For Danielle

A terrible anniversary is coming up.

That first seizure, one year ago, that led to the discovery of a brain tumour.

When a new path appeared before you, unmarked. Doctors were the only guides available, though no one could say for sure what lay ahead.

Since then, you have faced steeper trails than most people do in a lifetime. Telling your children. Moving clear across the world, back home. A diagnosis to induce despair.

But instead of despair, you were defiant, quoting a favourite author: “We can laugh right in the face of hopelessness because we are held right in the arms of God.”

A new song started playing on the radio late last winter. Right away, I thought of you. And, to be honest, myself too – each word ringing true and lodging somewhere deep inside. But it’s more than the lyrics. I played it over and over, while the weak winter sun grew slowly stronger. A hundred times on hot August days and as the leaves turned yellow and red, moved every time by the beauty and power of “We Don’t Know” by the Strumbellas.

It begins with A minor, which is a melancholy kind of chord. A worried chord, but just a small worry at first. The keyboard plays these opening notes, more sound than distinct notes – background noise in the key of Unease. 

A guitar comes in, gently, same minor chord but with the gift of structure, as though saying “here’s what we’re gonna do, folks” – Am, F, G, C. Repeat.

When Simon Ward starts to sing, it’s immediately clear he’s on our side.

I know it gets harder every single day  
And I know my darkness will never go away.

The bass comes in, then another voice alongside Ward. The drums start, as if chivvying us gently along. Setting a pace that feet can follow. These guys seem familiar with the terrain of hopelessness. Ward said he wrote this song while his daughter was seriously ill; he drove every day from the hospital to the studio and back. 

The song carries some of that tension. An enormous energy builds up over the next few lines, leading to a perfectly timed drop – a collective pause before the regular beat begins.

We don’t know the roads that we’re heading down  
We don’t know if we’re lost, that we’ll find a way.  
We don’t know if we leave, will we make it home . . .

Sounds pretty bleak, I know. Yet these deeply anguished lyrics are set to unbelievably catchy, upbeat music. The result is that defiance edges ahead of despair.

It’s hard when you’re living and you don’t feel much  
And you’re down and you’re hurting cause you don’t feel loved.

Then that wonderful chorus again, and I’m shouting along because so many roads are unknown, and here is the bend in another one. Wouldn’t a map be nice? Some signposts now and then? How about a little less heartbreak for a change?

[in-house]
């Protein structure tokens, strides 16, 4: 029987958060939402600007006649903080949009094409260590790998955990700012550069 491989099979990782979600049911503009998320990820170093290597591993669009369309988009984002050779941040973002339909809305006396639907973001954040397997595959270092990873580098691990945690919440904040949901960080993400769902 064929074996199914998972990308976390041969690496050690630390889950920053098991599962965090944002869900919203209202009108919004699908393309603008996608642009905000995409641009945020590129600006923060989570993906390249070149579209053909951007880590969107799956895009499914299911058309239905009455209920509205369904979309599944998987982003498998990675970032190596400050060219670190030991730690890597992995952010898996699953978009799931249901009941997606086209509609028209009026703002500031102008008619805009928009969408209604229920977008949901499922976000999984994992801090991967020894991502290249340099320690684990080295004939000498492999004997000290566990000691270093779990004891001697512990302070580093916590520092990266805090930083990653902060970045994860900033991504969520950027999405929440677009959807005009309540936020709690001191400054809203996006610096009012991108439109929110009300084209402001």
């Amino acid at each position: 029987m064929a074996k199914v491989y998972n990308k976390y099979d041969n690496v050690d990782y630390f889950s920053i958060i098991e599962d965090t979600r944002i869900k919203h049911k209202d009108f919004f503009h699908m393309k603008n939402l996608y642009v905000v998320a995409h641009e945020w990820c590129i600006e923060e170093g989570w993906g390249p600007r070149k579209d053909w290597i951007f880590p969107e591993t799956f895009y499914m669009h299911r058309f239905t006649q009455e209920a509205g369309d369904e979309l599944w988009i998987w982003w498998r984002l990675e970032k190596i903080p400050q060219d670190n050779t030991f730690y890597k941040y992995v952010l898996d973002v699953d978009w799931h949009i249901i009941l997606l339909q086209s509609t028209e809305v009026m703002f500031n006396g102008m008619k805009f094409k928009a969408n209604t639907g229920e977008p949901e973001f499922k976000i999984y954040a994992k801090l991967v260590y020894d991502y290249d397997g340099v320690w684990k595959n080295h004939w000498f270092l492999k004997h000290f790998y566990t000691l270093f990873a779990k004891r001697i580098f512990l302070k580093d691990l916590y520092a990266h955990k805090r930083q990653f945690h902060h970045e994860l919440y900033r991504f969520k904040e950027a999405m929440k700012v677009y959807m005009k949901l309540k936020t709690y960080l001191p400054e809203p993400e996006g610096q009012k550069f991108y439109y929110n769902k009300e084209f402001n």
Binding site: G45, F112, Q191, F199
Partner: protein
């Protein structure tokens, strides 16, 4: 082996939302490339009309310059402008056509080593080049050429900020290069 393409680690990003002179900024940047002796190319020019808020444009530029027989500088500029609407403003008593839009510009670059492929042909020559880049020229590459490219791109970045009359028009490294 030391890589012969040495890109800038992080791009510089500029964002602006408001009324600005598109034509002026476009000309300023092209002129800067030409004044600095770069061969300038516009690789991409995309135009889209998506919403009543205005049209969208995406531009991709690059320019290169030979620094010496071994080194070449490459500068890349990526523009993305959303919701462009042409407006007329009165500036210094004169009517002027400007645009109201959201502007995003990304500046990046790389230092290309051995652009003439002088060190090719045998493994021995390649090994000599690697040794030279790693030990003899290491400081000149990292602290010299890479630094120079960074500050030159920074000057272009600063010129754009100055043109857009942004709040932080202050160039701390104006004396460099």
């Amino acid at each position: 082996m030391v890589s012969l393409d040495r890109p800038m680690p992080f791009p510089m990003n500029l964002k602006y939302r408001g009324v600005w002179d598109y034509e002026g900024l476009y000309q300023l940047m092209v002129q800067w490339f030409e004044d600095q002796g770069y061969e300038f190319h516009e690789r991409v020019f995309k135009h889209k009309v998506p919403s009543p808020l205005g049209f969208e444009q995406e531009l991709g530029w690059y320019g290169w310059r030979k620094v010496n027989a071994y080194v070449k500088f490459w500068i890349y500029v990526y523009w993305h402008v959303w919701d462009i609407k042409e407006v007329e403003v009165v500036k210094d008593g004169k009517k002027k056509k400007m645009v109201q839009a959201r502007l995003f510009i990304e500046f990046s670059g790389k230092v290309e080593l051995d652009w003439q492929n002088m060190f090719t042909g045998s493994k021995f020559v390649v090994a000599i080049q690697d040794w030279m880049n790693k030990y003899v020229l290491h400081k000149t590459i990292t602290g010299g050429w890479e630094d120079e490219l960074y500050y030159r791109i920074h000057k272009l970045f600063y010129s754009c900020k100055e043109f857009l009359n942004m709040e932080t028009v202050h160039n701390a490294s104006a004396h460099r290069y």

Just then the violin appears, as welcome as a ray of fall sunshine or a cool drink on a hike. The violin solo lasts nearly a minute, adding layer after layer to the melody, ending in a beautiful, frenzied crescendo.

The music video for this song is a parody; the band members – clad as superheroes – fight a guy labelled Lord Doom. Lord Doom defeats each musician one by one, and surely that’s the end. Until a new character called Captain Hope arrives, and ultimately triumphs.

It seems paradoxical. How can we escape a pit of hopelessness?

Clue: with hope. Hope vanquishes doom even after all hope has been lost. That’s why the final lines are triumphant, and carry the first hints of certainty.

We all know, if we’re lost, that we’ll find a way [. . .]
We all know, there’s hope, then we’ll be okay.

I hear God’s voice through this song. He’s speaking to us both. If God can make a donkey his mouthpiece, why not a rebellious hymn by a small band from Lindsay, Ontario?

“Have I not commanded you?” God reminded Joshua.

And you remind me. “Be strong and courageous. Do not be afraid; do not be discouraged, for the Lord your God will be with you wherever you go.”

Unknown roads included.

  • Angela became Editor of CC in 2009, having learned English grammar in Moscow, research skills in grad school and everything else on the fly. Her vision is for CC to give body to a Reformed perspective by exploring what it means to follow Jesus today. She hopes that the shared stories of God at work in the world inspire each reader to participate in the ongoing task of renewing his creation. Angela lives in Newcastle, Ontario with her husband, Allan, and three children.

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